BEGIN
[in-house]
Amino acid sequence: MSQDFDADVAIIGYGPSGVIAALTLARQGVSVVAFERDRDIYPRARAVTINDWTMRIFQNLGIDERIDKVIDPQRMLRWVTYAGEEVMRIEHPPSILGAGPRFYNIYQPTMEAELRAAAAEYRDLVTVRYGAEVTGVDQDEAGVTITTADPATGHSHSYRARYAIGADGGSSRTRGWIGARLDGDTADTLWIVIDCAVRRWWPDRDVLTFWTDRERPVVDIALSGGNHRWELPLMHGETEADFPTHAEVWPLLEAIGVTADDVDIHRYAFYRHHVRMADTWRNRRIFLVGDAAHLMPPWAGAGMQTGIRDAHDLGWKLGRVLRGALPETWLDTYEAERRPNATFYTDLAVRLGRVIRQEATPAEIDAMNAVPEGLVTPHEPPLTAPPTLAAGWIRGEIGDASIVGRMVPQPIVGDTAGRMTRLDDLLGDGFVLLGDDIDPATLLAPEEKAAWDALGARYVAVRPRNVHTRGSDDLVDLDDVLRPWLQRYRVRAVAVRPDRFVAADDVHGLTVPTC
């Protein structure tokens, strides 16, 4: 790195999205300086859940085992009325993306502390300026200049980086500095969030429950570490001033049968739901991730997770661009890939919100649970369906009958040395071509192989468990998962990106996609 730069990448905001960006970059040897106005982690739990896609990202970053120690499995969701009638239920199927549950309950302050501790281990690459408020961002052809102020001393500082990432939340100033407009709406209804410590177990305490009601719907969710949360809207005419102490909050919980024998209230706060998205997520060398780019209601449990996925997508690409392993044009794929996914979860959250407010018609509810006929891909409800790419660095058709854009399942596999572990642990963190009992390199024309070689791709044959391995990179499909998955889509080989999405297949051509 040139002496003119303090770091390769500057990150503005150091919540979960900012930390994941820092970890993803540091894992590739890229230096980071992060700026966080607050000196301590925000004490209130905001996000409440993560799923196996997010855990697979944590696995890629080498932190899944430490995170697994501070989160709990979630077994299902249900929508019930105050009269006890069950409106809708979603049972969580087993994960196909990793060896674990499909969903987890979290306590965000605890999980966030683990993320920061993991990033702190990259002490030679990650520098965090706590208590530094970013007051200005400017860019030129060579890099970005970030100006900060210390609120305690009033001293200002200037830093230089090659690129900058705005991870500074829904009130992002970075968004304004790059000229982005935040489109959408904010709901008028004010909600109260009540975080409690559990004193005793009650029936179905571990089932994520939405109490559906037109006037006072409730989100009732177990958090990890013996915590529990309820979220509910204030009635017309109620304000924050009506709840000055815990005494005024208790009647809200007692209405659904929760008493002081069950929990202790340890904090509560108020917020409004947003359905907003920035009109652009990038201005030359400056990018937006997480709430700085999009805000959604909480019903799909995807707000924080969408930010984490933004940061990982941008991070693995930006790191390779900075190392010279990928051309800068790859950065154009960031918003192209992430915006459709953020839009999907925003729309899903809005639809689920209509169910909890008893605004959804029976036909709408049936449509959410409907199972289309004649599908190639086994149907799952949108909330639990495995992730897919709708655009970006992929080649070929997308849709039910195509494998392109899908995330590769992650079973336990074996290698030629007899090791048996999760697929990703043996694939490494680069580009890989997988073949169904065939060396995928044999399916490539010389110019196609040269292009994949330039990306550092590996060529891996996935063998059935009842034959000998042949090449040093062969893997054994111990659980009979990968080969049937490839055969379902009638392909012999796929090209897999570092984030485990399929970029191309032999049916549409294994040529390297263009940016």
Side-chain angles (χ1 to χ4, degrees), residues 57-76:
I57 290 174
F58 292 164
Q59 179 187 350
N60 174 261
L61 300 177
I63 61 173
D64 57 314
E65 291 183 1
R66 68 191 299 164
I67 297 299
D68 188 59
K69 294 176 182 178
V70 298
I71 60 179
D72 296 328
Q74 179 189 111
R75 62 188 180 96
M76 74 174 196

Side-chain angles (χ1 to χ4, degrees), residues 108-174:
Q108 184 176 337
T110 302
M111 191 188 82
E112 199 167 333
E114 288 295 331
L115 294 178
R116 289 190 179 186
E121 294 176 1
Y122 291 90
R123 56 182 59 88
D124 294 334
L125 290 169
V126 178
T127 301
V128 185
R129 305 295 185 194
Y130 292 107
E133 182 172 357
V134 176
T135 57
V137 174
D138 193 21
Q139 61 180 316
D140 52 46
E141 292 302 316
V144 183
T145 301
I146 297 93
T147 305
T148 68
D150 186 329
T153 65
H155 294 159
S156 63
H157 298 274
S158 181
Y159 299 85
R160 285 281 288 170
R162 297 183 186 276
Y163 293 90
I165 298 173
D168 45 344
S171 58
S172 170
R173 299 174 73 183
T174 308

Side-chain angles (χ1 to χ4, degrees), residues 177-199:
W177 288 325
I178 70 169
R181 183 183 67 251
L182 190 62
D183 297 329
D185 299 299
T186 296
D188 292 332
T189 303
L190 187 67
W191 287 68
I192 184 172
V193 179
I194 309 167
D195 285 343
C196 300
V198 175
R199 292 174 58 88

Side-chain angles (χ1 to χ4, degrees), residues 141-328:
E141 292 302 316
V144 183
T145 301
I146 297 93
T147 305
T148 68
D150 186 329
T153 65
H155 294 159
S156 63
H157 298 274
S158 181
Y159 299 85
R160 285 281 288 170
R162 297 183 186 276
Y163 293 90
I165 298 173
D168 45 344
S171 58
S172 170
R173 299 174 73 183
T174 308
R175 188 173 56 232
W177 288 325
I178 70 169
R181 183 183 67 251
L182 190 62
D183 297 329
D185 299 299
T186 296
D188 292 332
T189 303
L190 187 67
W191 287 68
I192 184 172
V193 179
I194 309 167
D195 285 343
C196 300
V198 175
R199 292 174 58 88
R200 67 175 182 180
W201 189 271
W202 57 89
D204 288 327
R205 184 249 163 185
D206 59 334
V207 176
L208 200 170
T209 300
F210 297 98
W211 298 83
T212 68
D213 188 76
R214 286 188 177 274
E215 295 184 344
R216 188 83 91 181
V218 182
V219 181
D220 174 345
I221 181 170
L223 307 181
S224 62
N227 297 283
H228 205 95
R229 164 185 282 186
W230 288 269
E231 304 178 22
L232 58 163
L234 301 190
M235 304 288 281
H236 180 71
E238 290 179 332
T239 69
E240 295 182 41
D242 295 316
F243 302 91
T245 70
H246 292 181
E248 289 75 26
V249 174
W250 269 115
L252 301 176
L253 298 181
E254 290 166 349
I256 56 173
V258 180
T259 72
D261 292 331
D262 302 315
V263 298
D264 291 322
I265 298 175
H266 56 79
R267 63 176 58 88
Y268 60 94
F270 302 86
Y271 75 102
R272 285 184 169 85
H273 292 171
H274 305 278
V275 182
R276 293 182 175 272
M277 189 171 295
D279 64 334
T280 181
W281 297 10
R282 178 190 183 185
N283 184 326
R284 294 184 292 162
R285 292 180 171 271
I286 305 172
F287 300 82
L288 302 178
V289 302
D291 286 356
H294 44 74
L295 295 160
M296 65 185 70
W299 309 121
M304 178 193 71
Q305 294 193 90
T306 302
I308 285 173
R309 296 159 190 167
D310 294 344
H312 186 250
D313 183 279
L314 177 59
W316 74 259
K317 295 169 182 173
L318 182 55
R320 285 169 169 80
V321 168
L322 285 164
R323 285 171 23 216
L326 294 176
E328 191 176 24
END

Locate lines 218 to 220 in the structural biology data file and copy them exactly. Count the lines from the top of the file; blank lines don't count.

L314 177 59
W316 74 259
K317 295 169 182 173